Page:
The exposures, which could not be quantified, took place over the course of between 5-13 months in which the workers operated a machine that converted a polyacrylic ester paste into tiny droplets and sprayed these droplets onto large boards used in the printing and decorating industry. The boards were then heated and dried with the resulting vapor removed via a gas ventilation unit on the machine.

Except the vapor wasn’t ventilated.
According to the article, the gas ventilator had broken 5 months before the onset of symptoms, which, when coupled with the lack of windows and closed door, meant that there was little air circulation and therefore no mechanism to remove the vapor from the workspace. Moreover, the only personal protective equipment available to the workers were cotton gauze masks, which would not be expected to filter out particles as small as ~30 nm. Even if the masks had been protective, they were worn only sporadically as the women appeared to have been uninformed about the possible toxicity of the materials to which they were exposed.
This almost certainly could have been avoided by the application of the “Golden Rule” of workplace safety: when you’re not sure of the hazards, do everything you can to minimize exposure. This is just the kind of industrial accident the GoodNanoGuide is intended to help prevent. For example, the page on liquid nanodispersion spraying controls describes the importance of ventilating the exhaust from the process and employing personal protective equipment as a secondary measure of protection. According to the latest research from the National Institute for Occupational Safety and Health, the 30-nm particles could have been blocked by an inexpensive, spray-paint respirator sold at your local home improvement store such as these or even these. It is possible to work safely with nanoparticles IF the hazards are recognized and the exposures limited.
What a tragedy.

Here are three important take-aways from this incident.
Workplace safety is of paramount importance wherever hazards are possible. When hazards are unknown or poorly understood, steps must be taken to reduce exposure to the hazard. In this case, this means first employing engineering controls such as ventilation of fumes and then relying on personal protective equipment such as respiratory masks but only as a secondary measure of protection. Such tools exist and could have prevented this tragedy if used correctly.

More investigation is needed to establish the facts surrounding the exposures so that similar incidents can be avoided. The evidence demonstrating that nanoparticles ended up in the workers’ lungs is compelling and persuasive. What is less well established is the type of nanoparticle found in the tissues and cells, the dose received by the workers and the mechanism of injury. It is not clear, for example, whether the nanoparticles themselves caused the injury or whether the combination of nanoparticles and other chemicals in the complex mixture resulted in an antagonistic effect. Regardless of these details, this work is a significant and well-documented clinical case study.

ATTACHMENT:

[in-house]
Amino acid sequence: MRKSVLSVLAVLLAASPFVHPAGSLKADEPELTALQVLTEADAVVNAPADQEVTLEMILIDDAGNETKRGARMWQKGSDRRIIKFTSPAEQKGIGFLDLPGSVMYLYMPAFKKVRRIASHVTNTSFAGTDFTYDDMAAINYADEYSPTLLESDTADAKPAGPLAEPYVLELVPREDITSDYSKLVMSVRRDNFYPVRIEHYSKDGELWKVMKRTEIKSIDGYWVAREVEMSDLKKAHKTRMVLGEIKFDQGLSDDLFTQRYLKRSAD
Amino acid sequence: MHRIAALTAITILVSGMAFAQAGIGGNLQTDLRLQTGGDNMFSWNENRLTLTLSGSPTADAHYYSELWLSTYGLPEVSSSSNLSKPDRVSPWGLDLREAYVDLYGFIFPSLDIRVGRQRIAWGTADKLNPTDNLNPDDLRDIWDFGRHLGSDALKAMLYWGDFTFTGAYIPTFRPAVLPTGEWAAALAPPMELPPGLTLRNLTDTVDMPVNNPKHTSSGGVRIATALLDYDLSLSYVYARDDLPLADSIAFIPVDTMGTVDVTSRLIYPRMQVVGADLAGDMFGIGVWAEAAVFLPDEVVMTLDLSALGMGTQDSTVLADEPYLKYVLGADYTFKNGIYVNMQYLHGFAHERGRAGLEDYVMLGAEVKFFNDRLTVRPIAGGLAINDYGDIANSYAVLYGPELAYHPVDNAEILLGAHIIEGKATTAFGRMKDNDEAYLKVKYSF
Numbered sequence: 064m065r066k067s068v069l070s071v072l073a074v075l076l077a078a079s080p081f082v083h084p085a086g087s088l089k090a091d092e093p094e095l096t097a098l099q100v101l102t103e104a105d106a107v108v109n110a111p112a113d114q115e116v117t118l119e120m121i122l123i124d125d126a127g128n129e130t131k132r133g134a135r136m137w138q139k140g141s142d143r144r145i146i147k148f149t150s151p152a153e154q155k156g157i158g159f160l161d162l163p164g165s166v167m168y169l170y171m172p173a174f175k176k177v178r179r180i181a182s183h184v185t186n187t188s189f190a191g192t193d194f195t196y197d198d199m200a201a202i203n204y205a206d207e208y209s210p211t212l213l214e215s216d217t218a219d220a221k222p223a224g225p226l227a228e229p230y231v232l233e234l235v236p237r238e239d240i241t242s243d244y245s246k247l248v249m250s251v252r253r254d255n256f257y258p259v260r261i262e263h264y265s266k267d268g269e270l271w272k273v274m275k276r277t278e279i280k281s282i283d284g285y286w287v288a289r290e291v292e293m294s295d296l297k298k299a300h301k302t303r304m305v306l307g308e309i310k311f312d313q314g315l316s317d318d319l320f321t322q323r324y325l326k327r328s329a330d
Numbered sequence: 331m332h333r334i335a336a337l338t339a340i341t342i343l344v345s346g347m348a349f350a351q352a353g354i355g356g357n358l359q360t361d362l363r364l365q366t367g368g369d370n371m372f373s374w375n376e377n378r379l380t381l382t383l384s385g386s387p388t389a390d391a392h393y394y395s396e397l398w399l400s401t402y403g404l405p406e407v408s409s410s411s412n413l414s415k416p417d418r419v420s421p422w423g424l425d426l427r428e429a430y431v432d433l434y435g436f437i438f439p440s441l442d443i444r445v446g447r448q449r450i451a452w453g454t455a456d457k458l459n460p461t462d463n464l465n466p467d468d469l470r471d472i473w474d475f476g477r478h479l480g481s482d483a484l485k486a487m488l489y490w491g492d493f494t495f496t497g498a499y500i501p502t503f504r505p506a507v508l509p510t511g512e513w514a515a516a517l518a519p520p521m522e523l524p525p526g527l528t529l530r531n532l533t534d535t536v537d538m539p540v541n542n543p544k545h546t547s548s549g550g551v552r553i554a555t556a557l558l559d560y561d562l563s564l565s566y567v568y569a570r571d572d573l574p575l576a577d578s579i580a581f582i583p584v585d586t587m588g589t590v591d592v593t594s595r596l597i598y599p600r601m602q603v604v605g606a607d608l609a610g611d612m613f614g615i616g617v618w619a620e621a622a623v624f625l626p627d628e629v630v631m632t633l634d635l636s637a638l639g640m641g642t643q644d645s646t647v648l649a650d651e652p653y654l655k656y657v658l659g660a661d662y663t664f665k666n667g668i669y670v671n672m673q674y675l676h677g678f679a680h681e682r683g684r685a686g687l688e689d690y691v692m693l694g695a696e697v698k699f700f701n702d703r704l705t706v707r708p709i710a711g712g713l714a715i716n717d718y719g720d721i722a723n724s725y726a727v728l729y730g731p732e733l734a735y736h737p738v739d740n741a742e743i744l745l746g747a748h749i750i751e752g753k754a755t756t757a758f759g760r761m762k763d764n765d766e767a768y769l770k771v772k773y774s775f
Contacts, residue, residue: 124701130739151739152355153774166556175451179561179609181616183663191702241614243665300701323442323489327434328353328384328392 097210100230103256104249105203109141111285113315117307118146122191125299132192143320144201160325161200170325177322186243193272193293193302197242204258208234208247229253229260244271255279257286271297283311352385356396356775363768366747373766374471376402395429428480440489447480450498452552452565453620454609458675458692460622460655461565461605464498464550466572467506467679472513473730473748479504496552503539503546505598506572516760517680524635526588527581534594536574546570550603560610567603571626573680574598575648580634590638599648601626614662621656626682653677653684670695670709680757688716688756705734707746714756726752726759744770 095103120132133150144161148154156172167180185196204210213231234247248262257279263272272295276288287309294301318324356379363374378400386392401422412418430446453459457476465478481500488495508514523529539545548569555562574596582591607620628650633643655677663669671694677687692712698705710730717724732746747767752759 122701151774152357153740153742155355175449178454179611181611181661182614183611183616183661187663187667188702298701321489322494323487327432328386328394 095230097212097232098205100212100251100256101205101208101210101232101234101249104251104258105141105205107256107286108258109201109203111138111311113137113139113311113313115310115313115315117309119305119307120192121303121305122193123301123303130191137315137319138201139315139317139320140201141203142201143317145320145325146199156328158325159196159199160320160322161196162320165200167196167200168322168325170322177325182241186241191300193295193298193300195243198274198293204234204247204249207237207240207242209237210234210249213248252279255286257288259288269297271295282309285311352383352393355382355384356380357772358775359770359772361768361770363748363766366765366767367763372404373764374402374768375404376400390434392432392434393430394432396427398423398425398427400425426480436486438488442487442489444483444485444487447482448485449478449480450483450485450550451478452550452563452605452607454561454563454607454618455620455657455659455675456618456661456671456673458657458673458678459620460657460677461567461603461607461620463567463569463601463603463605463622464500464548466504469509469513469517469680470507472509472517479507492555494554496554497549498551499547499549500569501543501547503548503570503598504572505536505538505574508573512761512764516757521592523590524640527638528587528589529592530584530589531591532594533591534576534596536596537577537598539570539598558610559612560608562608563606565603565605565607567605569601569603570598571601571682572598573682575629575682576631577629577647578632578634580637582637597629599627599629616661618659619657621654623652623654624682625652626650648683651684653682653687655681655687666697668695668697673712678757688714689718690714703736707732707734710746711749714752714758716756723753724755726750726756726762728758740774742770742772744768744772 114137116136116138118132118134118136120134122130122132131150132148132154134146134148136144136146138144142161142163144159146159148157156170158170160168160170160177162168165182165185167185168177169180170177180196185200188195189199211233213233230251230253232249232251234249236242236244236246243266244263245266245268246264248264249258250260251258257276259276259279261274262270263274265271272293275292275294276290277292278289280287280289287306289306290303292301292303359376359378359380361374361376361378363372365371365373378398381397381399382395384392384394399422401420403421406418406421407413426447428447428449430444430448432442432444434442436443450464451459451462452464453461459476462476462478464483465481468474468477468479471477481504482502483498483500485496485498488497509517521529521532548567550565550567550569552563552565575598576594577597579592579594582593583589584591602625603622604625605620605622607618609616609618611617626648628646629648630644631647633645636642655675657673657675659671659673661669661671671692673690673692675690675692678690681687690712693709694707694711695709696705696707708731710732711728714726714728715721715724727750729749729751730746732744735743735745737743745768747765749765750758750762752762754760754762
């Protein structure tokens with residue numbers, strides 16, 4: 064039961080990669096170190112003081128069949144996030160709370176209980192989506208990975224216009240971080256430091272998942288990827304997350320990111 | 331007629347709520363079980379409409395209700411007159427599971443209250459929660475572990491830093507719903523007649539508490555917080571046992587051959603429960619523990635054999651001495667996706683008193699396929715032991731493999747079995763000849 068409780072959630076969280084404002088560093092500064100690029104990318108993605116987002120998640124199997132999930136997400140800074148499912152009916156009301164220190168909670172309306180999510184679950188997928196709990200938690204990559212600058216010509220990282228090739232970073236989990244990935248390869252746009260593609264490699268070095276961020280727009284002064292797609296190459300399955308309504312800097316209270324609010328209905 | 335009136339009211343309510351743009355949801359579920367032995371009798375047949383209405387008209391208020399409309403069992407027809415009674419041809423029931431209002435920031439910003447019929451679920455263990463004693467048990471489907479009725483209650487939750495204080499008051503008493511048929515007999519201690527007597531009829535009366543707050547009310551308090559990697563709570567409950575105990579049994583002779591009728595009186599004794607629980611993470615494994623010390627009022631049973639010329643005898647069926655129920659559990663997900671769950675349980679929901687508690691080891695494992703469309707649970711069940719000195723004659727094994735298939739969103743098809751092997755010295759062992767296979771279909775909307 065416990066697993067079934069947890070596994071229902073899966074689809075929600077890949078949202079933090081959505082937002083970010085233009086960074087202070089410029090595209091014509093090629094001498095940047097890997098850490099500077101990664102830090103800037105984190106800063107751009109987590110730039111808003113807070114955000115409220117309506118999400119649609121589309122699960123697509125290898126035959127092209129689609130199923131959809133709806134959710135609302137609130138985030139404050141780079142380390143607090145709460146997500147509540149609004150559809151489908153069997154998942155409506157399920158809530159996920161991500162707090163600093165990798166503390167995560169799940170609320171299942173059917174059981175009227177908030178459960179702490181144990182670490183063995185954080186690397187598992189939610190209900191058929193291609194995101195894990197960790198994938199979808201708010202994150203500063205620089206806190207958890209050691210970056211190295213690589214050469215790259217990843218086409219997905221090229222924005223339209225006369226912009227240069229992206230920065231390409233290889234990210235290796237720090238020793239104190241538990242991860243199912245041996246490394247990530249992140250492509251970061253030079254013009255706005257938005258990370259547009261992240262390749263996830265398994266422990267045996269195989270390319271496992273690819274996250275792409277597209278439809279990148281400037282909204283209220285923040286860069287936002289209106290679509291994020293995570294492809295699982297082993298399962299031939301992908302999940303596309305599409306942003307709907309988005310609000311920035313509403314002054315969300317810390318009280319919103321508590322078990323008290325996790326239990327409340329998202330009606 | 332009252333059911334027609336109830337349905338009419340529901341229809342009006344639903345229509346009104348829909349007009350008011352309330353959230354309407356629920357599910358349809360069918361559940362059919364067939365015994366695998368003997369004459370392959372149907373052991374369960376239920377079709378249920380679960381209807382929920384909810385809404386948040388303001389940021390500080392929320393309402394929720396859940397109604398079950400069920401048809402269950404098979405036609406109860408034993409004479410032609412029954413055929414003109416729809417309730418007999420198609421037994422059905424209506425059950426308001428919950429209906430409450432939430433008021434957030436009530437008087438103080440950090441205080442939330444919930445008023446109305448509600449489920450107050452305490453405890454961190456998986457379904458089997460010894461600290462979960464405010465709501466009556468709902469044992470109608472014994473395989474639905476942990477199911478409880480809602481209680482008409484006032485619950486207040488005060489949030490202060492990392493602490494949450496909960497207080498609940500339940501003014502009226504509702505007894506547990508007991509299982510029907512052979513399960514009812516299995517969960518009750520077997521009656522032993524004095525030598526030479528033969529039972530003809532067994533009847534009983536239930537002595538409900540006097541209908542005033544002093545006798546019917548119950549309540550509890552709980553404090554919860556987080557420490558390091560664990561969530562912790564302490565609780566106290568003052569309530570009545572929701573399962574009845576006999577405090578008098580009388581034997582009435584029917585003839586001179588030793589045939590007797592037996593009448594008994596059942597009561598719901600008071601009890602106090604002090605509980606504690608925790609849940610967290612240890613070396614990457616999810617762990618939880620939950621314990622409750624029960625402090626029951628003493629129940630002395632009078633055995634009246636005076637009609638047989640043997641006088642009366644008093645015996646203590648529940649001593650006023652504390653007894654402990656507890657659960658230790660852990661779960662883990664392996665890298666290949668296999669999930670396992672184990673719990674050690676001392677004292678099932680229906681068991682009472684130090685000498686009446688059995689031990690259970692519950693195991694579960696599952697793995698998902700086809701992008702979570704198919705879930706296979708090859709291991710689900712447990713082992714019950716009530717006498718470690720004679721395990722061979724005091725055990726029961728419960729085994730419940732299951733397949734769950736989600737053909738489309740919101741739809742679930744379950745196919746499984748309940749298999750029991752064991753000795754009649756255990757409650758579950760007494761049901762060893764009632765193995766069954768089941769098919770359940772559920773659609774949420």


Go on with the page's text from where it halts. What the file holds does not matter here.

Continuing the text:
Research on and the development of tools for communication about occupational health issues associated with nanoparticles should be accelerated. Analysis of the ICON Nano-EHS database reveals a critical gap in nanomaterial research of relevance to occupational health as compared with research on nanotechnology environmental, health and safety research in general. So while knowledge about toxicity and hazard grows, understanding how to apply this knowledge in a practical occupational setting still presents a major challenge. While this study highlights a need for fundamental worker protections, better tools are also needed to communicate about potential risk along the supply chain, including during business-to-business transactions, so that consumers of all types have the information they need to handle nanomaterial-containing or nanomaterial-producing products safely. International trade agreements may be a mechanism for better enforcement of worker protections.

For more perspectives from an international group of experts, please click on over to Andrew Maynard’s 2020science blog.

Safety comes first for nanotechnology

A new piece published today at Environmental Expert by attorney Lynn Bergeson, herself a nano environmental expert, describes in some detail the goals and objectives of the GoodNanoGuide, an online resource for sharing information about safe handling of nanoparticles in an occupational setting. Believe me when I say such information is more timely than ever. Many many thanks to Lynn for this unsolicited endorsement of our project. I'm looking forward to the nano-safety skits that Lynn, Shaun Clancy and I are organizing for NanoBusiness 2009. Should be fun. Stay tuned.